Deciding on a writing set up before buying a version...

Have decided to get a bit more serious about my writing and am promising myself a copy of Scrivener if I finish my NaNo novel by the end of the month. I find myself a little stymied, though, about whether to get the Windows version to work with my current set-up or reevaluate what I’m writing on in general.

What I have:

A desktop running Windows 7 - hardly write on it at all - desk is a mess - share an office with my gamer husband.
A netbook running Windows XP - do most of my writing on this on the go, but it’s on its last leg
iPad 2 - no external keyboard - currently using for bookmarks, quick reference checks while writing on the netbook

What I’m considering:

a) re-do the office to make my desk more writing friendly (and train the hubs to wear headphones) and then figuring out the ‘on-the-go’ later

b) treat myself to a Mac and jettison the Windows machines, setting up my desk so I can dock or grab the laptop and go

c) leave the office as is, put scrivener on the Windows desktop and get a keyboard for my iPad on the go (I wonder what the point of having scrivener is, then, though if I’m never at the machine that has it)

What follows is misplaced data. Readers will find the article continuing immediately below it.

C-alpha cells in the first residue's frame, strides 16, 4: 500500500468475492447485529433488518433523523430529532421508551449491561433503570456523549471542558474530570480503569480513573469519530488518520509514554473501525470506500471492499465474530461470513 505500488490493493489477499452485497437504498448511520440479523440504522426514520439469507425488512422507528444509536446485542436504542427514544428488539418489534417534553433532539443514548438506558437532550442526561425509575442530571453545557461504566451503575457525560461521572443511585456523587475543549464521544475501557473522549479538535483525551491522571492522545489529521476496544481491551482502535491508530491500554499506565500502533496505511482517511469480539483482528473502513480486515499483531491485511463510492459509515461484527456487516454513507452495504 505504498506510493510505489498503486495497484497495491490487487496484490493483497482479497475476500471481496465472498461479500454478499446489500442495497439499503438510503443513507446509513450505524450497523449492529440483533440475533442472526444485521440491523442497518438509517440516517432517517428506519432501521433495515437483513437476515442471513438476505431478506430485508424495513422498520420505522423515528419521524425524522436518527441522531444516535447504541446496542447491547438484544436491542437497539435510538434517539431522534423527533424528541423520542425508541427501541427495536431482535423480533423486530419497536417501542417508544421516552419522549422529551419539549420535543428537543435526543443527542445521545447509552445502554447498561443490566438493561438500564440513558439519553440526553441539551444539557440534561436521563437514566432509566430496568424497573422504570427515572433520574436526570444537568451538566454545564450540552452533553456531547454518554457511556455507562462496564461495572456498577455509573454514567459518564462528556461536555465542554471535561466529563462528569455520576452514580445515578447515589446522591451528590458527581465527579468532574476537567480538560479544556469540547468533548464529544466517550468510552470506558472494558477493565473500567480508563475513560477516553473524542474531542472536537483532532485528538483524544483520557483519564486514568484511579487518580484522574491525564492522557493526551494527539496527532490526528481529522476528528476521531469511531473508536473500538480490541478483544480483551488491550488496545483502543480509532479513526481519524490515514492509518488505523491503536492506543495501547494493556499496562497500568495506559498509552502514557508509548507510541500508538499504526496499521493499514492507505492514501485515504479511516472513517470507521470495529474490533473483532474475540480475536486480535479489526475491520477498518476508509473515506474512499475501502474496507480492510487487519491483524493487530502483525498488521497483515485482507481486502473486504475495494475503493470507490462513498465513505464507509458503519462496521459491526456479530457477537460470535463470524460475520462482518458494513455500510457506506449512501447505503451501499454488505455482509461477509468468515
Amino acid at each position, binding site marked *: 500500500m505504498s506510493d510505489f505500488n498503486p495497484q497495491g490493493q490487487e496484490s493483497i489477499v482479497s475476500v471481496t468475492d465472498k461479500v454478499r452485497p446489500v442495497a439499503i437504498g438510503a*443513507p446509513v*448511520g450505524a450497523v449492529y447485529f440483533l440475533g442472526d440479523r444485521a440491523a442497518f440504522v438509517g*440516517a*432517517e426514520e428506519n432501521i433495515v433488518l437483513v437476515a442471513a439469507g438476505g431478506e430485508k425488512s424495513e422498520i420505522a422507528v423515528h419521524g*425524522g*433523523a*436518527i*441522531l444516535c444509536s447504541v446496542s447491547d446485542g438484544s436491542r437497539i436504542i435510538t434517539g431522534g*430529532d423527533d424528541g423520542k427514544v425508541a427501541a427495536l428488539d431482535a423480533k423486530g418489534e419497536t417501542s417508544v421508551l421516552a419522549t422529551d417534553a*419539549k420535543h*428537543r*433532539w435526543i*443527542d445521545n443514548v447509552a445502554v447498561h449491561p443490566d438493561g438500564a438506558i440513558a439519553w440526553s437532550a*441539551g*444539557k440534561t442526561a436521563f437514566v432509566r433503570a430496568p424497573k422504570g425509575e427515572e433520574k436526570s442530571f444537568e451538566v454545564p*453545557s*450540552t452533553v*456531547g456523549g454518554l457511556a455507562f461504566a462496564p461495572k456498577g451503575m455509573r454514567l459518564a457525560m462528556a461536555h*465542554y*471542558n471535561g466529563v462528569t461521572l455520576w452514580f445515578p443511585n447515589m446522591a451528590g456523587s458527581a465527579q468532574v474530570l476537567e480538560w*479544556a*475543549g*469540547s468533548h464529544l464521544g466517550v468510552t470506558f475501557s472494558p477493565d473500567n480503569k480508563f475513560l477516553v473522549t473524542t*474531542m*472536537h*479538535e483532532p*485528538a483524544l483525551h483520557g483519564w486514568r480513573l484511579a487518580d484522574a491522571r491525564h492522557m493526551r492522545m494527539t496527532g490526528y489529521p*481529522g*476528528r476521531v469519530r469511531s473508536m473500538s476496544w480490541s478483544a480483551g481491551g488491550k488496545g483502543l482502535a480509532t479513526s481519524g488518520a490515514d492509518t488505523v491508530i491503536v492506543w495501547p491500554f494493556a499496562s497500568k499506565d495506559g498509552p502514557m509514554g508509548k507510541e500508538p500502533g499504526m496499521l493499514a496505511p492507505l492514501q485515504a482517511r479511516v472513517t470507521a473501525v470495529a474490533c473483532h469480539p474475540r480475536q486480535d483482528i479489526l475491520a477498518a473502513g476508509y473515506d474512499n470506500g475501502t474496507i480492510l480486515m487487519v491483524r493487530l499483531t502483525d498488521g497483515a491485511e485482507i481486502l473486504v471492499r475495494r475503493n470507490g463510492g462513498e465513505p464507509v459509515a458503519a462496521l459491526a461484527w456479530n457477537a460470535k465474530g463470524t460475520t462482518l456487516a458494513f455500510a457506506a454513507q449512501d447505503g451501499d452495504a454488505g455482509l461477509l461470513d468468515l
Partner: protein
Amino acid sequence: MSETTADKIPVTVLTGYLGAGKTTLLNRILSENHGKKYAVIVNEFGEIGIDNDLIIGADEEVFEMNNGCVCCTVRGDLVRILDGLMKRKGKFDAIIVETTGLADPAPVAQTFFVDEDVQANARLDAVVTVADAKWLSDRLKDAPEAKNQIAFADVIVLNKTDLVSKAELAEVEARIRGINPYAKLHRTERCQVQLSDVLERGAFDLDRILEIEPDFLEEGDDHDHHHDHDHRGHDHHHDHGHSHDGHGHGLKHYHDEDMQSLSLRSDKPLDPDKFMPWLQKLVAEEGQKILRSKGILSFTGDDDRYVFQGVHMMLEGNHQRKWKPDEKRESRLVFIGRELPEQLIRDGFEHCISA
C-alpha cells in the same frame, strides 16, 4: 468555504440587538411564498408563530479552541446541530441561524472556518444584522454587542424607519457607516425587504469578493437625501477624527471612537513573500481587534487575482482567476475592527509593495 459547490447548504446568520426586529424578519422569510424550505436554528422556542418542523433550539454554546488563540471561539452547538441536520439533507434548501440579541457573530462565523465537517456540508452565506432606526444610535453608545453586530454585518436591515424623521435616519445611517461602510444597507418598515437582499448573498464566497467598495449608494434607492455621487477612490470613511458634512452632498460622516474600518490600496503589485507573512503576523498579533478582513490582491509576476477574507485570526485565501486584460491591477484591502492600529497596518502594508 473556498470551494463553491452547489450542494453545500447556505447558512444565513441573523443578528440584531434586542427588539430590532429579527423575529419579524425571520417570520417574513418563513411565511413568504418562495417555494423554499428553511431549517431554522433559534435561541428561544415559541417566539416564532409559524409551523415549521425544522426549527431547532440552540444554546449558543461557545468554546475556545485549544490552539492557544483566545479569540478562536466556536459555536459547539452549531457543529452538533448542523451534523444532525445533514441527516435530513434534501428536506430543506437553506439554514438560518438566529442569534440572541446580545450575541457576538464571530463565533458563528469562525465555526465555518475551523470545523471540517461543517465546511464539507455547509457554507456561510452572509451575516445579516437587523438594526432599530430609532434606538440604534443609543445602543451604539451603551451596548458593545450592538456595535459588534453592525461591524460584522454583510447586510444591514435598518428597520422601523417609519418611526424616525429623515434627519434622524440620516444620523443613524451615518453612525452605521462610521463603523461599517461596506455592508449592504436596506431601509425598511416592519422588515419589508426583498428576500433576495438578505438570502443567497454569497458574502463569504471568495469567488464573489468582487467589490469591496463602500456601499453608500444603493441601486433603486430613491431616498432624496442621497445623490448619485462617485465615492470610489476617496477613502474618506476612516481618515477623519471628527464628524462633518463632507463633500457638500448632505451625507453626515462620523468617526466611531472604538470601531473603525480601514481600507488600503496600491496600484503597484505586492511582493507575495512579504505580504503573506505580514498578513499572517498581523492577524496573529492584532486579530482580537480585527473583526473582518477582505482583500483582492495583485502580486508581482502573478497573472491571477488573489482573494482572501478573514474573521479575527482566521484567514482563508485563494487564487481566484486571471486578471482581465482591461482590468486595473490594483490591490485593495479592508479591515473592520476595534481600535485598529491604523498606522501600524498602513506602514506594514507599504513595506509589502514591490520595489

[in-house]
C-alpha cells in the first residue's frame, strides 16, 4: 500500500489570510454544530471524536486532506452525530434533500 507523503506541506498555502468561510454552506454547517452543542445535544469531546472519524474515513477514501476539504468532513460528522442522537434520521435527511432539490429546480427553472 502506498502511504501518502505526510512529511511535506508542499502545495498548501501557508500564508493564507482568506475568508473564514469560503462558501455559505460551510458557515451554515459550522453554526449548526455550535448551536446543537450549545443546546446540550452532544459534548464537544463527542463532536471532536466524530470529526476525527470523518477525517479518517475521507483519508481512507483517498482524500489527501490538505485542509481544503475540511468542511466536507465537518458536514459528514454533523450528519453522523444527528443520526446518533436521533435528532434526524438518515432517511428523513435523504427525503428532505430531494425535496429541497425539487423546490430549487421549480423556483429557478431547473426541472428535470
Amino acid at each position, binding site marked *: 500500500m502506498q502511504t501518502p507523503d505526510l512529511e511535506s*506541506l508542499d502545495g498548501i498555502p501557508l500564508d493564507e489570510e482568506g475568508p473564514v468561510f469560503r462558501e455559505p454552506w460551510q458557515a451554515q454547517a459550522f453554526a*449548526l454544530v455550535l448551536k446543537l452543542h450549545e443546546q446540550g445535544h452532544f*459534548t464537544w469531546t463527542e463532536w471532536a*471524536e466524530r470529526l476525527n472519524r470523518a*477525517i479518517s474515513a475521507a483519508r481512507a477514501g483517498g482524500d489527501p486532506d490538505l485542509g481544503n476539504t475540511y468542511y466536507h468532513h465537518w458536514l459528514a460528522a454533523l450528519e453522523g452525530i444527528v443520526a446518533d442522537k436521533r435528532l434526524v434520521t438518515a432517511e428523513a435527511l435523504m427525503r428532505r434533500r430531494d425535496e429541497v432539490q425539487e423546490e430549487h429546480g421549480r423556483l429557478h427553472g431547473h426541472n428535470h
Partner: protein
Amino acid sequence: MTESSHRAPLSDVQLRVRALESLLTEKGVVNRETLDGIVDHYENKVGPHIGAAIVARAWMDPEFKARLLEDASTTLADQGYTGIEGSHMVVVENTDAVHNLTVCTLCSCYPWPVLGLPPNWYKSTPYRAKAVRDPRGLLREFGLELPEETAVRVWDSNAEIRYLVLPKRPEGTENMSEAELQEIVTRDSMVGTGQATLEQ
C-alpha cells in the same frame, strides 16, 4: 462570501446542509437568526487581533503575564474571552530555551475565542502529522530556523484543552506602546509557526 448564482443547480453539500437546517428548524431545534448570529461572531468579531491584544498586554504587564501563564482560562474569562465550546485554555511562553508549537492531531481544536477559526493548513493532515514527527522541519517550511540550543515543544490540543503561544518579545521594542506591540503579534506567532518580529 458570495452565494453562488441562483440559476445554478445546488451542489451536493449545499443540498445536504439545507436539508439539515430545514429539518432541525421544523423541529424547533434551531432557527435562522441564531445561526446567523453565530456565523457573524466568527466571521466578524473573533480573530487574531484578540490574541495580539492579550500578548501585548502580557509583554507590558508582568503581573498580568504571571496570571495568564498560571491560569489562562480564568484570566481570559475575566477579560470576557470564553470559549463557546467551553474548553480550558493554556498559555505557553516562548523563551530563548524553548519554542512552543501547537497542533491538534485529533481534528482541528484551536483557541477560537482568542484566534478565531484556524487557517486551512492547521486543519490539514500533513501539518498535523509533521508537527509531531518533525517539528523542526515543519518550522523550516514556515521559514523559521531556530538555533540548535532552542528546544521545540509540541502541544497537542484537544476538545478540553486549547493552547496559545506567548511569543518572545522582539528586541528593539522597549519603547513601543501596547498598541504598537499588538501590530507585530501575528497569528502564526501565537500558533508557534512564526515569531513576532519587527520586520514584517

Are there tips, tricks, features, compatibility issues, etc that I’m not considering? Which of the above seems most usable? Other options?

This has to be a personal decision dependent on many factors, for example:

  • your budget

  • your readiness and time to learn another operating system

  • the extent to which you plan to work away from your desk in future

  • your willingness to rely on iPad writing applications, which are universally more limited than those on Macs or PCs

And so on. If money were no object, I’d buy an 11-inch Air, put Scrivener on it and keep it permanently with me. If money is short, I’d get a cheap replacement Windows netbook, put Scrivener on that, and ditto.


Much as I love my 11" Air, based on your idea of ditching both Windows machines and using the potential Mac for both travel and a desktop, I’d say go with a MacBook Pro if you switch to Apple and can afford it. It’s still portable, but it’ll be a much heavier lifter for doing things besides writing (especially if you work with graphics or video, in which case you’ll want one of the higher end MBPs) and will give you more storage room and a DVD drive. If you just get the Air, chances are you’d end up needing more peripherals for extra storage and CD reading and burning and maybe even larger screen space.